A Session with Studio Dasar: Studi-o Cahaya

by Julius Kensan
18th May 2015
In this second installment of A Session with Studio Dasar with Danny Wicaksono, we explore one of the most offbeat residences in Jakarta, Studi-o Cahaya.

Following last week focus into the majestic Istiqlal Mosque, where we dissected the architectural feats that made up the renowned place of worship with the expertise of Danny Wicaksono of Studio Dasar, we turn our gaze into one of the most intriguing architectures in Jakarta, Studi-o Cahaya, in this second installment of the series.

Studi-o Cahaya

The dull and heavy gate, which weighed over a ton, slid laboriously to the left like a giant beast, awaken from its slumber as it raised its eyelid lazily to welcome us in. Danny Wicaksono glided in like a breeze as though he just returned home. But, it was certainly not because he was lacking in basic courtesy.

Dubbed as the Studi-o Cahaya, the architecture that stood before us is a creation by Adi Purnomo of Mamostudio where Danny was involved in its design process as well. It is also the dwelling place of a retired, art-enthusiast couple (they prefer to remain anonymous) that Danny is a close acquaintance of.

A few minutes ago, Danny assured us that we are in for a pleasant surprise. But, even as we moved past the gate and stood in front of this seemingly plain 600-sqm building, it was still hard to imagine just what kind of surprise he was hinting at.

It was only after entering the belly of this beast that the surprise began to reveal itself. And it’s easily understood where it has got its nickname.

Our eyes were immediately fixed at the generous amount of sunlight that poured down from the high ceiling right in the middle of the building, which was then refracted by the wall jutting out from the left, and cast the entire premise with atmospheric glow. In an instant, every subject in the room, inanimate or living, was transformed into a live 3D painting.

As we stood there, still trying to make sense of this offbeat architecture, the sound of trickling water could be heard below us, pining for our attention too. Lining the floor is a giant U-shaped pond filled with Koi fish and terrapins swimming leisurely like they are the original inhabitants of this nest. It is as if someone has chanced upon this cave, smoothed out all of its rough edges, carved orifice into chambers and call it home.

If Studi-o Cahaya doesn’t quite fit the usual idea of a home, that’s because it wasn’t build with the idea of a conventional home in mind. “The idea was to create an architecture that made full use of natural resource, in this case the sun, and pushes the possibilities of a home while, at the same time, making it habitable,” explained Danny. By pushing rationalities aside, it has resulted in architecture – built from cement, steels and glass – that defies specification. Is it a home, a gallery or, perhaps, a gigantic sculpture in disguise?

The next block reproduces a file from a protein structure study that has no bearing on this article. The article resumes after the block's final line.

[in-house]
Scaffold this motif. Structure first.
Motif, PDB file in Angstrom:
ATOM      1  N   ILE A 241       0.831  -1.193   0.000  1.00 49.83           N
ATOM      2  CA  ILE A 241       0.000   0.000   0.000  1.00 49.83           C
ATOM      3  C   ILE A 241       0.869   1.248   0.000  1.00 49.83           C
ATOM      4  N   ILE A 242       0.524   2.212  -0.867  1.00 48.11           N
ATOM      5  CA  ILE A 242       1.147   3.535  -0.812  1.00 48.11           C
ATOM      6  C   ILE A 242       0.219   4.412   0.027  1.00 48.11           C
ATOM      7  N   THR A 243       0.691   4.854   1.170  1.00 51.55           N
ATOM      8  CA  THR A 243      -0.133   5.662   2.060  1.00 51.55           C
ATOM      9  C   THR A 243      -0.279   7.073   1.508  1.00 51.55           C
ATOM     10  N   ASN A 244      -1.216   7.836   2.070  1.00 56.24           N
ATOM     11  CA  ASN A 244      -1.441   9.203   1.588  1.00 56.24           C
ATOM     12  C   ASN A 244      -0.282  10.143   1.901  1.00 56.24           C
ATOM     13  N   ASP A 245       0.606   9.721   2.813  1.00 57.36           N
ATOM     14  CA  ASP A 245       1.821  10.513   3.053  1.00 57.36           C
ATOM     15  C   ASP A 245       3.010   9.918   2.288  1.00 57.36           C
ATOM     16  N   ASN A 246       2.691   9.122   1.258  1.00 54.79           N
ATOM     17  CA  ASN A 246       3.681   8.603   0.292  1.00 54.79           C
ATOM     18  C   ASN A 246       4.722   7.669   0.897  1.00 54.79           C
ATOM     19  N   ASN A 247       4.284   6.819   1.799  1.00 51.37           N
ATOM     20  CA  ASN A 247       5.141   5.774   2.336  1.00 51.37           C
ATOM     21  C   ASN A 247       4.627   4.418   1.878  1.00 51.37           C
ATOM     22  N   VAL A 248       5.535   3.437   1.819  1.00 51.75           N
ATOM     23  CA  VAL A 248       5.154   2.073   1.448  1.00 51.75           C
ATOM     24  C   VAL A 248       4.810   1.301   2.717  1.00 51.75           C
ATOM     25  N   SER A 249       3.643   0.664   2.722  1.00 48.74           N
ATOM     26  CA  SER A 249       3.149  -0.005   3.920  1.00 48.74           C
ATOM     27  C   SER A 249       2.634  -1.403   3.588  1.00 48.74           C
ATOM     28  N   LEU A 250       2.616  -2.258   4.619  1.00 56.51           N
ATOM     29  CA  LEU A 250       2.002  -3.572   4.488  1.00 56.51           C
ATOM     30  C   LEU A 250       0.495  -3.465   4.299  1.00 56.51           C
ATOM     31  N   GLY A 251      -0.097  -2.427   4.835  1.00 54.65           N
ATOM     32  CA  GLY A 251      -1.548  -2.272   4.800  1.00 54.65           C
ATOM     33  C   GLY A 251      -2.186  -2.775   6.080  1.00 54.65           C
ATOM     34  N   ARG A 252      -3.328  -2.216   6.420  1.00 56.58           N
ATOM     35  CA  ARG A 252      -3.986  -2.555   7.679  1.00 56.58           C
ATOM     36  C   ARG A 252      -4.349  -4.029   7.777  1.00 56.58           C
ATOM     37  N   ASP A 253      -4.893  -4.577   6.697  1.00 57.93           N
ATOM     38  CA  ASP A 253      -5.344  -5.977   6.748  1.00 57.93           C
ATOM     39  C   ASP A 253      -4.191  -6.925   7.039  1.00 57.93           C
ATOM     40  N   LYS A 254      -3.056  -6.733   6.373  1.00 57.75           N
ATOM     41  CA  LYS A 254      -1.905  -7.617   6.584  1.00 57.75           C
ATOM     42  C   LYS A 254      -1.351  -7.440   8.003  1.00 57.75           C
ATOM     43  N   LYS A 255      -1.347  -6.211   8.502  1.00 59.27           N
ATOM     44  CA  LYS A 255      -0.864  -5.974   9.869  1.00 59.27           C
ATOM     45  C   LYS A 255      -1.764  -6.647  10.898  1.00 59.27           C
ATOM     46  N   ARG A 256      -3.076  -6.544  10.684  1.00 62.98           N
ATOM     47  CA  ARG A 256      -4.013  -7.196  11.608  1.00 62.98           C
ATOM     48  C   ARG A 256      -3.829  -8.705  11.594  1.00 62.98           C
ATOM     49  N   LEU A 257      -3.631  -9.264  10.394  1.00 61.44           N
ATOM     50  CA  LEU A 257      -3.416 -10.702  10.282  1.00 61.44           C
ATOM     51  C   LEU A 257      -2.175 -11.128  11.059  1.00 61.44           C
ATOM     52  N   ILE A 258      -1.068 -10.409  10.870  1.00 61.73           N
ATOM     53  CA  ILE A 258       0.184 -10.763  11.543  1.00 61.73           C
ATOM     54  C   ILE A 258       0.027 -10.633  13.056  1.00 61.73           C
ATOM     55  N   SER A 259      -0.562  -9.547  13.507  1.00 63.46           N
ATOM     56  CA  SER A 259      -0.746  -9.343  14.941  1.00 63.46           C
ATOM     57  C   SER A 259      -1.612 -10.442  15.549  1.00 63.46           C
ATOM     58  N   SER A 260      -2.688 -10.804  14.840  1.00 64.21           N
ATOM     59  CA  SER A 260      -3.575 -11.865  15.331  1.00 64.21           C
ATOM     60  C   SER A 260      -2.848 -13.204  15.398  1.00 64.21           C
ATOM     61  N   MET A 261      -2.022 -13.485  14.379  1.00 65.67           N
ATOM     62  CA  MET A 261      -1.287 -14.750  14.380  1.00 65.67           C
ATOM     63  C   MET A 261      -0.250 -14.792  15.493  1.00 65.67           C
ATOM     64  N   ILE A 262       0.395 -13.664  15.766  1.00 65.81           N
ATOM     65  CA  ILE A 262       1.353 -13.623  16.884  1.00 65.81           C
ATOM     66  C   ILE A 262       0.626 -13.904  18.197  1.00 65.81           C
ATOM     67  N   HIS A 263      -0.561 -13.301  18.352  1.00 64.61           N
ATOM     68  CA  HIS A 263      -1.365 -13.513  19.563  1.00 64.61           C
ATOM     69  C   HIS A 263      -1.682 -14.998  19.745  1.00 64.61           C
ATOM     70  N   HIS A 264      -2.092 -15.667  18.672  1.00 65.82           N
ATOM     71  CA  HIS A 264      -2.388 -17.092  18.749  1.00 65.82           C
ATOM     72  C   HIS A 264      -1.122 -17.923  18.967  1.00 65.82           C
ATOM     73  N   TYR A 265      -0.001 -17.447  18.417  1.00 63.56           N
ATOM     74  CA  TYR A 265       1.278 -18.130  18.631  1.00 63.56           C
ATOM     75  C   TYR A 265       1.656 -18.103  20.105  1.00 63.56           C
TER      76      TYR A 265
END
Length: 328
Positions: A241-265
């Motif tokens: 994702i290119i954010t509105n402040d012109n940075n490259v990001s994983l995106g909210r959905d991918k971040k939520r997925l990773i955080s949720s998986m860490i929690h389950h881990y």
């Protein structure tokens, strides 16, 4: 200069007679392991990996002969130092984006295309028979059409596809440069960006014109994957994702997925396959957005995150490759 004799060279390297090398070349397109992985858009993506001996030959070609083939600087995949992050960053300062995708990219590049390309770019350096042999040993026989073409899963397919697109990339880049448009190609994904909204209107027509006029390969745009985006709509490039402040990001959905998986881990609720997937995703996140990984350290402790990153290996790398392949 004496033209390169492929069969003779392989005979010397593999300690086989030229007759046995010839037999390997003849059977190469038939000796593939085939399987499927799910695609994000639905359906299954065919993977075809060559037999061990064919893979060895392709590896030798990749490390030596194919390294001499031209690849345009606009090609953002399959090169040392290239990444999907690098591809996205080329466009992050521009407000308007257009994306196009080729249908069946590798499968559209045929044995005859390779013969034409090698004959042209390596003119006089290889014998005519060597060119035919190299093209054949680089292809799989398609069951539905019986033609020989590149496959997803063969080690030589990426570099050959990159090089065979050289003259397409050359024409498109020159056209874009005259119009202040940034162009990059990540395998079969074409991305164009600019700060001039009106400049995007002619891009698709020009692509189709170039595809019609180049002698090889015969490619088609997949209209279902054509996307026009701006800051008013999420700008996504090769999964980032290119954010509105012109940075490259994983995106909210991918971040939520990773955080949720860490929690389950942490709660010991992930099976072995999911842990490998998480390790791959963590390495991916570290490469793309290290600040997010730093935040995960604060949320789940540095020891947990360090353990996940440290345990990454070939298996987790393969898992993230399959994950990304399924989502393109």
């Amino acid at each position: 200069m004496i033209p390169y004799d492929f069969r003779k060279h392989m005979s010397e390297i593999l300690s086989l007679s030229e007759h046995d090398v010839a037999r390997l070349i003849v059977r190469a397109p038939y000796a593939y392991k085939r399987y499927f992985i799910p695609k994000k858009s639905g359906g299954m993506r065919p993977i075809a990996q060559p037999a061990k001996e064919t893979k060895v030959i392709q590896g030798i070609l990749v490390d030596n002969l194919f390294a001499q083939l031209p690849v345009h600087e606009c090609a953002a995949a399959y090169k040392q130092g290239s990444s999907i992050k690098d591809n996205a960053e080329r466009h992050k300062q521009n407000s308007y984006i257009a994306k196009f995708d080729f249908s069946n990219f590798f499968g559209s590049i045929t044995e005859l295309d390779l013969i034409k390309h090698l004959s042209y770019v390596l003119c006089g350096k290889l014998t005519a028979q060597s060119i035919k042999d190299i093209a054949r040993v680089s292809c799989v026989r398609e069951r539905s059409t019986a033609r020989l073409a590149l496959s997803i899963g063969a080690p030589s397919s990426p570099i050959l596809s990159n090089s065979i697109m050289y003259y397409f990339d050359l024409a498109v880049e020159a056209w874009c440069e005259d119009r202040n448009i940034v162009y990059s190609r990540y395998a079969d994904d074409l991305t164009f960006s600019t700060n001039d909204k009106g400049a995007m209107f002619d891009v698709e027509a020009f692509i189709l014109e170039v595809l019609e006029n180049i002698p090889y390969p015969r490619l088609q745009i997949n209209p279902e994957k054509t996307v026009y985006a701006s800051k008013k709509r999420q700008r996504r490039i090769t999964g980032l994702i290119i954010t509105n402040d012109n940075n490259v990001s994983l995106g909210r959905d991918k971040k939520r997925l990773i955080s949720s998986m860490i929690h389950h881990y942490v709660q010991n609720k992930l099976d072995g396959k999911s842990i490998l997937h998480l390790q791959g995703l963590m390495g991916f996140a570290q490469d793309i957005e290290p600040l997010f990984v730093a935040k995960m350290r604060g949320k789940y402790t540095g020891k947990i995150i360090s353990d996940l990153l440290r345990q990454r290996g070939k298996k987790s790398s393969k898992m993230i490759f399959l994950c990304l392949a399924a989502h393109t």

Moving on to the second and third floor, the sloping and slanting walls across the hallway could easily throw you off balance. But it also produces graphic details that, when viewed from different points, allow plenty of interesting perspectives to be uncovered.

When there isn’t any perspectives left to discover, then there are plenty of artworks by Indonesian artists such as Rudi Mantofani, Teguh Ostenrik and Keng Sien Liem to revel in, thanks to the owners’ hobby in collecting art. On the side of the jutting wall, a life-size sculpture of an abstract human figure scales the building permanently in tranquility; a resin sculpture of a young girl in ballet outfit sitting in silence as it gazes softly out of the window, watched by a tender goose from her back; a dynamic painting of Irfan confronts the viewers with its violent strokes.

Painters and sculptors would get a kick creating an artwork in this building. How not to when new details and forms give itself away, allowing new perceptions and interpretations, as the sunlight creeps its way slowly across the belly of the beast during the day?

Still, Studi-o Cahaya engages not just the sight but sound as well. Thanks to its unconventional walls and hallways, any sound produced could easily reverberate throughout the entire building. Imagine playing hide and seek in this building. Even if you could detect a sound, it’ll be hard to pinpoint its exact location.

Studi-o Cahaya demonstrates that a home could come in many forms. “This piece of architecture exposed the many exciting possibilities of a typical home. A place of residence is not just doors and windows surrounded by four concrete walls,” remarked Danny.

And who would have thought that, by throwing caution to the wind, irrationalities could result in an eccentric home that provides, not only a roof over the heads, but also nourishment to the mind and soul of its inhabitants?

Indeed, home sweet home.